I'm getting ahead of myself with this photo, but I wanted to include it in the Thursday Good Fences meme.  Plus it's a good image to follow yesterday's wide angle shot, because this is a pretty good example of using my zoom lens to abstract a scene, in this case into shapes and colors.  This scene is deep down one of the many unpaved roads that snake through the Palouse.  It's not the best introduction to this region, but I'll have to save that for tomorrow...

Wednesday, April 9, 2014

Heading East

The Cascade Mountains, and the Columbia River Gorge cutting through them, create two very different ecosystems to their east and west.  Photos from the last three days were all taken within several hours of each other, and show the transition of both terrain and weather as you pass from Western Washington through the Columbia River Gorge and into Eastern Washington.  This is what most of the eastern part of the state looks like, rolling hills, grasslands and farm fields.

We had a six hour drive to our destination of Pullman, Washington which is in the southeast corner of Washington along the Idaho border, so I didn't have a lot of time to stop and take photos.  But these clouds and fields kept mocking me until I couldn't take it any more.  I pulled over along the side of a desolate exit ramp and took this photo, which gave me a little elevation over the scene.  I ended up liking it a lot better than I thought I would, I think because it seems to have a lot of depth to it.

In terms of photography, I have a choice between two lenses, my 17-55mm (wide angle lens) and my 80-200mm (zoom lens).  I almost always choose the zoom lens because it lets me focus in on an interesting pattern or shape, and I like to abstract a scene that way.  I'm much less comfortable with my wide angle lens.  I know I'm supposed to have foreground, middle ground and background, and I really struggle with capturing all that; somehow it's just too much to put together for me.  This photo is lacking foreground.  I can't remember what was along the side of the road that I could have used as foreground, but I remember thinking that it wouldn't work.  So I left it out completely, which should make the scene seem much flatter, but the clouds and field rows do give it a lot of depth, so it came out a lot more interesting than I was expecting.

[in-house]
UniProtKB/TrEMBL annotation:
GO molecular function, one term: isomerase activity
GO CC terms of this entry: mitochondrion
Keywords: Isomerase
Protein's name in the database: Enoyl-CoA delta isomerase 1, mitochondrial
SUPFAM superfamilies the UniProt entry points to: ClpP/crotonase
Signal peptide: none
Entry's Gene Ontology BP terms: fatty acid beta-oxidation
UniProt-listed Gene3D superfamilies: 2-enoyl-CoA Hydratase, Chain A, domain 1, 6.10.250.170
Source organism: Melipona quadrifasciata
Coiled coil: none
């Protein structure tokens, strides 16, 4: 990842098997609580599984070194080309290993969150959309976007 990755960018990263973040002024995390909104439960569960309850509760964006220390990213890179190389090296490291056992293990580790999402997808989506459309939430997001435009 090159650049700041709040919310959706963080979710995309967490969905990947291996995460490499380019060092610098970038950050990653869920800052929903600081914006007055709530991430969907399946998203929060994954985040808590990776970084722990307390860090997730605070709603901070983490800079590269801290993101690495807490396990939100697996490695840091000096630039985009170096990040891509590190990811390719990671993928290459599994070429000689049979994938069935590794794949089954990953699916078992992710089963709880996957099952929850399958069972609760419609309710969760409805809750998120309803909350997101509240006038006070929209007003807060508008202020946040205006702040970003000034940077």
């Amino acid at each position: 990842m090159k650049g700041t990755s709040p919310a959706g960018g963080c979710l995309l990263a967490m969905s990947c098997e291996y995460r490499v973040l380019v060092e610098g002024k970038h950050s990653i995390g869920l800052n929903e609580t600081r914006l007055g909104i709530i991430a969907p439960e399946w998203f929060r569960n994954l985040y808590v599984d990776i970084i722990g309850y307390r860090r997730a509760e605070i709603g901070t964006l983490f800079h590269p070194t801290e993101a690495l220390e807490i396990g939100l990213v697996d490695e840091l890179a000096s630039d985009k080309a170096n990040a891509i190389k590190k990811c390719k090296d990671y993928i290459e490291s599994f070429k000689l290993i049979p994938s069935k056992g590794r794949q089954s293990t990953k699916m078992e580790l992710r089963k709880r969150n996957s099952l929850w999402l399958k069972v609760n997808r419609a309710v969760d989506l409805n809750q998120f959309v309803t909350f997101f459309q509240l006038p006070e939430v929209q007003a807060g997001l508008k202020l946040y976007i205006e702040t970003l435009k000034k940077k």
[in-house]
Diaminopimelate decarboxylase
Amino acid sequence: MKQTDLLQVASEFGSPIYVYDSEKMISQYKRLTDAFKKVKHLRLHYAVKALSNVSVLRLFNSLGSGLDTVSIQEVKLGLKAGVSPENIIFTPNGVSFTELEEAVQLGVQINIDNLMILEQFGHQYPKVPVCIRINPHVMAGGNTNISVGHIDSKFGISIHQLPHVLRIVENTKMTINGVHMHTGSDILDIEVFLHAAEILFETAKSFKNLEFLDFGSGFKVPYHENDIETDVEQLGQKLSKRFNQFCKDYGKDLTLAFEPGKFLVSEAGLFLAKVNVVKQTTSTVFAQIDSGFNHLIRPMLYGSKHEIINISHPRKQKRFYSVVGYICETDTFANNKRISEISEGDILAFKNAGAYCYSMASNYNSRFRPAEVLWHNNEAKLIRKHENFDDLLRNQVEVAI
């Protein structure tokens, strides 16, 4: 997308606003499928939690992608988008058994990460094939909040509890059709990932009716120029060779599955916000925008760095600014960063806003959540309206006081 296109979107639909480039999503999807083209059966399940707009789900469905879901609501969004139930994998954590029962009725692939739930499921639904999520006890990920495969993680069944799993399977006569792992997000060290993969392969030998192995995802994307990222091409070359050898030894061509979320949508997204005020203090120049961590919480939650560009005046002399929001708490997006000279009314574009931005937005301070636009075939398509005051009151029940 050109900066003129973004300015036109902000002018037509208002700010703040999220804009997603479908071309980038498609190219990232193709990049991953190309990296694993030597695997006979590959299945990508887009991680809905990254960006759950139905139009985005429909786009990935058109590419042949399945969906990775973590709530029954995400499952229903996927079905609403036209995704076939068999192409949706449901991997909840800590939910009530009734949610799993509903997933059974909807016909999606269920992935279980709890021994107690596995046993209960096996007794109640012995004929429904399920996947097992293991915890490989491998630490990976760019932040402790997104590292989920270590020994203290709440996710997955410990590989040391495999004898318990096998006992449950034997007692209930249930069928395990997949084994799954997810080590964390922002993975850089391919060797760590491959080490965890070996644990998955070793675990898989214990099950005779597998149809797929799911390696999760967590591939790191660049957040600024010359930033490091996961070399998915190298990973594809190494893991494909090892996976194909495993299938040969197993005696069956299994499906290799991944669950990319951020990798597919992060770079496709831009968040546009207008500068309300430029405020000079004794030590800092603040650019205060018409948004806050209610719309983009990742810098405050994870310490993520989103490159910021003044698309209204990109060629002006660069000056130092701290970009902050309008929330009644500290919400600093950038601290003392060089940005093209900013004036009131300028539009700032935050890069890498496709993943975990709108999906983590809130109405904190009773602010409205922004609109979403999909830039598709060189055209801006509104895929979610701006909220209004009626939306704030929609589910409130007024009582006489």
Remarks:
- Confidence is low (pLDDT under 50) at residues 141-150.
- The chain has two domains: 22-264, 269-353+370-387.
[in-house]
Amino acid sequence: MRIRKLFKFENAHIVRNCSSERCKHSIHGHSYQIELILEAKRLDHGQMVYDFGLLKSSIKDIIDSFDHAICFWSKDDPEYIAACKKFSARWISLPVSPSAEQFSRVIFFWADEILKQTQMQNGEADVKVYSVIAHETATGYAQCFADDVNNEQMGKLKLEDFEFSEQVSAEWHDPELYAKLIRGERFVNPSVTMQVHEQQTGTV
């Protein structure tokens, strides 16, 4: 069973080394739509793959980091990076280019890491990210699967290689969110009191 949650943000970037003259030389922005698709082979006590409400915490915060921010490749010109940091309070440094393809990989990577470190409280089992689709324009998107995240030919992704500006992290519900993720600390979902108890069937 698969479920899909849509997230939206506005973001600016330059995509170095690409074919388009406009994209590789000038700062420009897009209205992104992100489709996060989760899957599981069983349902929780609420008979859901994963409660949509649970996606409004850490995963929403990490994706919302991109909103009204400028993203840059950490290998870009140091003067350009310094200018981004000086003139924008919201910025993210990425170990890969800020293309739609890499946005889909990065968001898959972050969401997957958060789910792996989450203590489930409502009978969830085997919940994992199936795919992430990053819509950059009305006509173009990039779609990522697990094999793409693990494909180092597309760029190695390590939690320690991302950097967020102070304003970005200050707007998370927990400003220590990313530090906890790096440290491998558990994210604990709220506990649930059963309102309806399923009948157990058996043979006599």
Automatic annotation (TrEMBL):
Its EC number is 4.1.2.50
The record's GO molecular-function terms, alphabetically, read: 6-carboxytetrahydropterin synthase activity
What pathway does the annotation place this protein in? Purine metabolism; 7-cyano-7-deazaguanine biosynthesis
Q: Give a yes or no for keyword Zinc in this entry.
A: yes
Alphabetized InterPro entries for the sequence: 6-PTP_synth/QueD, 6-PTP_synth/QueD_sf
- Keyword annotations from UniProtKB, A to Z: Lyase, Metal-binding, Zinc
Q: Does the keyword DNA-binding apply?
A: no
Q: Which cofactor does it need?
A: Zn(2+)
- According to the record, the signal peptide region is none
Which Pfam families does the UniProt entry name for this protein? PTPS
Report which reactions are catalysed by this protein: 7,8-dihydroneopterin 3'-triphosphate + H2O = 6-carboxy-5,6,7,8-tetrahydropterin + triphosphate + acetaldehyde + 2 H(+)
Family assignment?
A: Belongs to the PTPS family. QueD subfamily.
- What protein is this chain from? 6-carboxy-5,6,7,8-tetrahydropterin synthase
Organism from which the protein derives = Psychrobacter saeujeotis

Tuesday, April 8, 2014

Columbia River Gorge

It's a beautiful drive east along the Columbia River, and an easy way through the Cascade Mountains.  As the Ice Age ended and glaciers melted, the Columbia River cut through the Cascades, so driving along this river gorge doesn't have the same challenges as crossing one of the mountain passes.  It's a pleasant sea-level route through the mountains. Along this stretch the river forms the boundary line between Washington and Oregon.  I realize now that I didn't take any photos of the river itself, so I'll have to put that on my list for future photos.  One of the things that kept catching my eye as we drove along was the way the hills wrinkled toward the river on the Washington side.  We crossed back over into Washington to visit a museum in Maryhill; these wrinkled hills and wind turbines were just beyond the museum.  The gorge is usually a very windy place, so it's a good spot for these wind turbines, although I think they must collect a fraction of the energy harnessed at the dams along this stretch of the Columbia.

Monday, April 7, 2014

Multnomah Falls #2

We headed to Eastern Washington on Saturday, and that means crossing into Oregon to drive along I-84, which is a much faster road than the one on the Washington side.  I'd have to be in an awful hurry not to stop at Multnomah Falls driving on 84, and in this terrific drizzle and fog, there was no way I wasn't stopping; the view was just too interesting to pass up.  When we approached by car, the fog was so thick at the top of the falls that it looked like they fell straight from the clouds.  By the time we parked and I got my camera out the fog had shifted.  This was that first photo, taken from the parking lot.

Saturday, April 5, 2014

Spring Green

I've been noticing this great fresh shade of green on trees around here, usually while I'm driving in my car and thinking I wish I had time for a photo. This was a quick attempt to capture it the other day. I really need to remember  to work on some photos of these chartreuse leaves next year; this is the second year of mainly just thinking about it while I'm driving.

Friday, April 4, 2014

Color Block

From my sunny day shoot at Wooden Shoe Tulip Farm in Oregon.
It gives a sense of how the field was looking back on March 24th.
I'll return here next week and post some new photos of the field for an update.

Thursday, April 3, 2014

Out in the Field #2

I haven't had a chance to get out with my camera in the last few days, but this morning I looked through my SD card in preparation for a trip I'm taking this weekend, and decided to post a few more photos from my trip to Woodburn last week.  My main issue with all the photos I took that day was that the light was pretty harsh, but I'm liking this one especially today. I'll post a few more over the weekend, and should hopefully have some new scenery to post next week once I get back. 

P.S. Post 900 today :)

Tuesday, April 1, 2014

Yellow Rumped Warbler

I get a lot of little birds at my feeder: chickadees, finches, sparrows.  This little guy joins them from time to time.  At first I thought he was just some strange hybrid between a finch and chickadee, but I looked him up this morning and it turns out he's a yellow rumped warbler.  I guess he also has a yellow spot on his rump, but it must be covered by his wings :)